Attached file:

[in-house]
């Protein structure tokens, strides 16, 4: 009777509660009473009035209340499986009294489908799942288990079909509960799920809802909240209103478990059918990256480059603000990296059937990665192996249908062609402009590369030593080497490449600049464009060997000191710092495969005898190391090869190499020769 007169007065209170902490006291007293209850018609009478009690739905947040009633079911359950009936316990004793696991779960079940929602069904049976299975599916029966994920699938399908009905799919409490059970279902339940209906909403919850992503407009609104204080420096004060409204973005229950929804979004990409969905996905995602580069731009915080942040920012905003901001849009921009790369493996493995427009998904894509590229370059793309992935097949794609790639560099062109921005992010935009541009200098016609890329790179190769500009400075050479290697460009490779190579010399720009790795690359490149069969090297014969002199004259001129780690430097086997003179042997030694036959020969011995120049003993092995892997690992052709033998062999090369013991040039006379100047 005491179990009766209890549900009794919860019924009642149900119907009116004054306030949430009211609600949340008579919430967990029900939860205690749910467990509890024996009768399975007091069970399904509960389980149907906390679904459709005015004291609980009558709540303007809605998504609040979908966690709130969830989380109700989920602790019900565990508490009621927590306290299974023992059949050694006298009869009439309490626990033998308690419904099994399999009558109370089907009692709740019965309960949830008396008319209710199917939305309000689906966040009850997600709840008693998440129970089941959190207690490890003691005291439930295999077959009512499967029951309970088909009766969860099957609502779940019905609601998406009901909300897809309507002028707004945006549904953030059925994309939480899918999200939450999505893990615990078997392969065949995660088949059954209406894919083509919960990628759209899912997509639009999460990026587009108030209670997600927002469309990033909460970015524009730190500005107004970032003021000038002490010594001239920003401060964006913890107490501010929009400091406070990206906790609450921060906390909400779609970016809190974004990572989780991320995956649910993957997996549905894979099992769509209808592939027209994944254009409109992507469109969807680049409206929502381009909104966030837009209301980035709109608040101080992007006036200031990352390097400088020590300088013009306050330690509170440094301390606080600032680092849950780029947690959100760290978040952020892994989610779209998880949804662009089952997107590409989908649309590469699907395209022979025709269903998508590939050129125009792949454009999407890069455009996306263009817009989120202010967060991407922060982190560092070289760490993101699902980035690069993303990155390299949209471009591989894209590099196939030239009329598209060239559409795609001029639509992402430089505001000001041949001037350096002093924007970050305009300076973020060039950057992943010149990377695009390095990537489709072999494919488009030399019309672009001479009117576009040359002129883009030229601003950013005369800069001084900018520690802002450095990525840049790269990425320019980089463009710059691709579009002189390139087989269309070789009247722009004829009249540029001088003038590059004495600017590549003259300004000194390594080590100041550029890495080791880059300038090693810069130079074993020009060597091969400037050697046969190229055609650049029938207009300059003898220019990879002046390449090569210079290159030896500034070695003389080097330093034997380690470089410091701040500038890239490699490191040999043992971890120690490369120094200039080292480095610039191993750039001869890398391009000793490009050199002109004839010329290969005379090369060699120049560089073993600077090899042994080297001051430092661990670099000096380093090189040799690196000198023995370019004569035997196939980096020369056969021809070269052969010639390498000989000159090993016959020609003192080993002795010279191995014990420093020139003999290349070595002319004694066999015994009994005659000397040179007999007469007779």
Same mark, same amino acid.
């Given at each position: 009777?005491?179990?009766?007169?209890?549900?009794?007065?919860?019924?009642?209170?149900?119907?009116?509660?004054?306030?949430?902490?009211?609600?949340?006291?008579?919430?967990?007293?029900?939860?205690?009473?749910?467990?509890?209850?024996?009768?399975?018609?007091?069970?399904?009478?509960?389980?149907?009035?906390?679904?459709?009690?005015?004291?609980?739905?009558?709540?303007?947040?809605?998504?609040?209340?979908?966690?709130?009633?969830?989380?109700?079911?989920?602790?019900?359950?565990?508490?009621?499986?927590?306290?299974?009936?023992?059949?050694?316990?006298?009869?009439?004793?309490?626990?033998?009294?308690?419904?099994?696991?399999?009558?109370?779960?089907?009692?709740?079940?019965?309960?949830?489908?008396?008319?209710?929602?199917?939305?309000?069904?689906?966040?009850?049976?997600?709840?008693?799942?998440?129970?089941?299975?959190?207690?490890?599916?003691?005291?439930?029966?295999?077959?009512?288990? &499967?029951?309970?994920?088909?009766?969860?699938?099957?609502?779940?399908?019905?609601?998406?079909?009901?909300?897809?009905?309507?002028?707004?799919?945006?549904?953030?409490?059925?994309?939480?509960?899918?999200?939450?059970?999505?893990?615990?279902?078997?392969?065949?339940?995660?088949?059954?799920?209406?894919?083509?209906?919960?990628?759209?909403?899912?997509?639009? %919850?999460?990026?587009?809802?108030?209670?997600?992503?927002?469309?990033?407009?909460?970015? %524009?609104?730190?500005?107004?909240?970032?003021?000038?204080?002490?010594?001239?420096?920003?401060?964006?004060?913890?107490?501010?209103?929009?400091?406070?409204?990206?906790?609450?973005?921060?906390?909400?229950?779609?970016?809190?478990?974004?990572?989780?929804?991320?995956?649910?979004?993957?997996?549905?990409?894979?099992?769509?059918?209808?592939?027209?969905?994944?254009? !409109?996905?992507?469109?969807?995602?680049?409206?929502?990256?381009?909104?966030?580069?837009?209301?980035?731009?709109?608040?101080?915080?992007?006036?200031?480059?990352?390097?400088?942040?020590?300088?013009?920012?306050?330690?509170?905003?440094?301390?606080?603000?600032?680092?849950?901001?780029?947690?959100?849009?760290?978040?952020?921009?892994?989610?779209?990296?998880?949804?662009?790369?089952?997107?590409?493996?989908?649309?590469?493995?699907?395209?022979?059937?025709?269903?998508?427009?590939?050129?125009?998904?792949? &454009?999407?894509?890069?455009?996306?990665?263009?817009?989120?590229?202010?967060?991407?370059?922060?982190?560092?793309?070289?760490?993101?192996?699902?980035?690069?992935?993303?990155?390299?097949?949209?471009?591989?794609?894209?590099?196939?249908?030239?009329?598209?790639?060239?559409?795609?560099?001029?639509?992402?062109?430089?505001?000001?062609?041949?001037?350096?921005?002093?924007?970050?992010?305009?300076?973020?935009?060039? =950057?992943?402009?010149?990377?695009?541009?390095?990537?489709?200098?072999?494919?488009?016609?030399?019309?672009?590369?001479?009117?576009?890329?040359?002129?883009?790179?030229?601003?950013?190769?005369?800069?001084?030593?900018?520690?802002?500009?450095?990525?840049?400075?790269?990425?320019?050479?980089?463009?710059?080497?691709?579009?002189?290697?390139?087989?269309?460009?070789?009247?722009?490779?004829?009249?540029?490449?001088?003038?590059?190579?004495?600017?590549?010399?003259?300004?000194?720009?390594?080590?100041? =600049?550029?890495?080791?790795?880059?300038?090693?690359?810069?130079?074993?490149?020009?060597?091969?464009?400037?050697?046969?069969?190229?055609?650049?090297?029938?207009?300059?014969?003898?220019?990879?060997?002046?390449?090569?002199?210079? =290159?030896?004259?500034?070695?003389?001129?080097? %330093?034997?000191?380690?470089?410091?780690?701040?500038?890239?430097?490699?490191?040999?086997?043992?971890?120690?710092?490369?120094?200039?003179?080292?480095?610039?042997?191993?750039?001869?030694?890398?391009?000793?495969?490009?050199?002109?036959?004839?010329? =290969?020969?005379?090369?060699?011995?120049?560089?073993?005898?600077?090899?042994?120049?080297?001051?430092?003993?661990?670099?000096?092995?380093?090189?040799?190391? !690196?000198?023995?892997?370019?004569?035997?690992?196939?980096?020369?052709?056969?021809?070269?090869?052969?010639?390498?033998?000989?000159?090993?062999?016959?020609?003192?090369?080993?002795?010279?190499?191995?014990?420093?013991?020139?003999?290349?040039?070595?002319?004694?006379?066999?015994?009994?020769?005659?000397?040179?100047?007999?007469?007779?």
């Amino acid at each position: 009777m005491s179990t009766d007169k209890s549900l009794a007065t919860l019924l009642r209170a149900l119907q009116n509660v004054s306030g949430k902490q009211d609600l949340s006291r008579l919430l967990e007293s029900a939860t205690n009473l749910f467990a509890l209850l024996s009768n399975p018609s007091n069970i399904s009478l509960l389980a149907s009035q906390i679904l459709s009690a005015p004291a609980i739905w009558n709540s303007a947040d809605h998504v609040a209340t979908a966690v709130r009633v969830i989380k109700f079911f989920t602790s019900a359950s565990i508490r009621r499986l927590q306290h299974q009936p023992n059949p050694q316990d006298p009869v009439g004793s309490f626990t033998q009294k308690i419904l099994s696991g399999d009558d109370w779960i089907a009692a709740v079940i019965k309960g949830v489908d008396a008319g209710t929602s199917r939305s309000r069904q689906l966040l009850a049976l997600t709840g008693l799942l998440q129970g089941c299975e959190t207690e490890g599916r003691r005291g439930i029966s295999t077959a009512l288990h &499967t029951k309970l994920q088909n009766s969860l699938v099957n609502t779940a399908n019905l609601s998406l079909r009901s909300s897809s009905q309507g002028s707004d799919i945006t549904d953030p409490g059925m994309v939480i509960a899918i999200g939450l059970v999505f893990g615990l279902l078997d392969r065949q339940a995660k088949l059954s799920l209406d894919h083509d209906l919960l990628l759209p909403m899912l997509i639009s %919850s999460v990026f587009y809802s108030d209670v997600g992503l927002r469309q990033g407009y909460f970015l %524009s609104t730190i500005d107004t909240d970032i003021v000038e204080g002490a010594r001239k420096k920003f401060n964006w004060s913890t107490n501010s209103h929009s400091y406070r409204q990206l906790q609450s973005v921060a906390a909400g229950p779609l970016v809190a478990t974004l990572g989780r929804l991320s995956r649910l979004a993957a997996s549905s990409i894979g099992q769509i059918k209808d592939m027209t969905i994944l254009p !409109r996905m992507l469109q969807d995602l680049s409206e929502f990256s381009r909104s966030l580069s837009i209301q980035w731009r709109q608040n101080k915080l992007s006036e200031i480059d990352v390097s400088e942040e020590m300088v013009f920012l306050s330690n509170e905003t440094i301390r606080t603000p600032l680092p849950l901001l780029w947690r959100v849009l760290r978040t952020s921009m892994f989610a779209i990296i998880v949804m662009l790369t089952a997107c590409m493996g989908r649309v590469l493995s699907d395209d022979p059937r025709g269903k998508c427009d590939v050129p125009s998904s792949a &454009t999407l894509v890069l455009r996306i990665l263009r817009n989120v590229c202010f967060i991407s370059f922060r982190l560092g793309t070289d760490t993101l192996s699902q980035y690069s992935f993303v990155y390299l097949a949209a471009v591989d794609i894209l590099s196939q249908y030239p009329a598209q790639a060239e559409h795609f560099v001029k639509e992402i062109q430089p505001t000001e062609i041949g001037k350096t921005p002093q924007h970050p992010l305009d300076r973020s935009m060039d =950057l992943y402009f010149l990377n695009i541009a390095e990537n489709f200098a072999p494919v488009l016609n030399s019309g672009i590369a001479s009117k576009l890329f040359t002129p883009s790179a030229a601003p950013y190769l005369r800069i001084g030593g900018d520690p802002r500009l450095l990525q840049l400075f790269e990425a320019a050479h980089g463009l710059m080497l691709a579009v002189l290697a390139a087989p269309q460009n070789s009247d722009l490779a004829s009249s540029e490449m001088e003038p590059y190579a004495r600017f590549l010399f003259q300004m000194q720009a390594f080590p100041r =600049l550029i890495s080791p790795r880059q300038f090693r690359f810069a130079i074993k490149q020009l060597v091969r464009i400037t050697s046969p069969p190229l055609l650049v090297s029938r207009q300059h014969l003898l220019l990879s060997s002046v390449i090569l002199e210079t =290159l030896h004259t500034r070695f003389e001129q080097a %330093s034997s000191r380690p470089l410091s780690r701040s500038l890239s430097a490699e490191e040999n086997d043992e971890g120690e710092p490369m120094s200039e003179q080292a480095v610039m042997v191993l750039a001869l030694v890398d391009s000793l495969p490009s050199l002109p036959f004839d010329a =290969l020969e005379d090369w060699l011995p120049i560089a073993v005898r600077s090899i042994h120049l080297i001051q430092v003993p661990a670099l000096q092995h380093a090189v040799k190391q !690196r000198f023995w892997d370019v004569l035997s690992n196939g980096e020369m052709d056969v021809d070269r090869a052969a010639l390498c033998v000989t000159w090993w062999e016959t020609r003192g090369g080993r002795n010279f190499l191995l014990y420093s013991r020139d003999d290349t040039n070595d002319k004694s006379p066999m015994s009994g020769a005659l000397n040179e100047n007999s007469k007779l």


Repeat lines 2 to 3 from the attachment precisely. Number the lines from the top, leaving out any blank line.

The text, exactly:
């Protein structure tokens, strides 16, 4: 009777509660009473009035209340499986009294489908799942288990079909509960799920809802909240209103478990059918990256480059603000990296059937990665192996249908062609402009590369030593080497490449600049464009060997000191710092495969005898190391090869190499020769 007169007065209170902490006291007293209850018609009478009690739905947040009633079911359950009936316990004793696991779960079940929602069904049976299975599916029966994920699938399908009905799919409490059970279902339940209906909403919850992503407009609104204080420096004060409204973005229950929804979004990409969905996905995602580069731009915080942040920012905003901001849009921009790369493996493995427009998904894509590229370059793309992935097949794609790639560099062109921005992010935009541009200098016609890329790179190769500009400075050479290697460009490779190579010399720009790795690359490149069969090297014969002199004259001129780690430097086997003179042997030694036959020969011995120049003993092995892997690992052709033998062999090369013991040039006379100047 005491179990009766209890549900009794919860019924009642149900119907009116004054306030949430009211609600949340008579919430967990029900939860205690749910467990509890024996009768399975007091069970399904509960389980149907906390679904459709005015004291609980009558709540303007809605998504609040979908966690709130969830989380109700989920602790019900565990508490009621927590306290299974023992059949050694006298009869009439309490626990033998308690419904099994399999009558109370089907009692709740019965309960949830008396008319209710199917939305309000689906966040009850997600709840008693998440129970089941959190207690490890003691005291439930295999077959009512499967029951309970088909009766969860099957609502779940019905609601998406009901909300897809309507002028707004945006549904953030059925994309939480899918999200939450999505893990615990078997392969065949995660088949059954209406894919083509919960990628759209899912997509639009999460990026587009108030209670997600927002469309990033909460970015524009730190500005107004970032003021000038002490010594001239920003401060964006913890107490501010929009400091406070990206906790609450921060906390909400779609970016809190974004990572989780991320995956649910993957997996549905894979099992769509209808592939027209994944254009409109992507469109969807680049409206929502381009909104966030837009209301980035709109608040101080992007006036200031990352390097400088020590300088013009306050330690509170440094301390606080600032680092849950780029947690959100760290978040952020892994989610779209998880949804662009089952997107590409989908649309590469699907395209022979025709269903998508590939050129125009792949454009999407890069455009996306263009817009989120202010967060991407922060982190560092070289760490993101699902980035690069993303990155390299949209471009591989894209590099196939030239009329598209060239559409795609001029639509992402430089505001000001041949001037350096002093924007970050305009300076973020060039950057992943010149990377695009390095990537489709072999494919488009030399019309672009001479009117576009040359002129883009030229601003950013005369800069001084900018520690802002450095990525840049790269990425320019980089463009710059691709579009002189390139087989269309070789009247722009004829009249540029001088003038590059004495600017590549003259300004000194390594080590100041550029890495080791880059300038090693810069130079074993020009060597091969400037050697046969190229055609650049029938207009300059003898220019990879002046390449090569210079290159030896500034070695003389080097330093034997380690470089410091701040500038890239490699490191040999043992971890120690490369120094200039080292480095610039191993750039001869890398391009000793490009050199002109004839010329290969005379090369060699120049560089073993600077090899042994080297001051430092661990670099000096380093090189040799690196000198023995370019004569035997196939980096020369056969021809070269052969010639390498000989000159090993016959020609003192080993002795010279191995014990420093020139003999290349070595002319004694066999015994009994005659000397040179007999007469007779």
Same mark, same amino acid.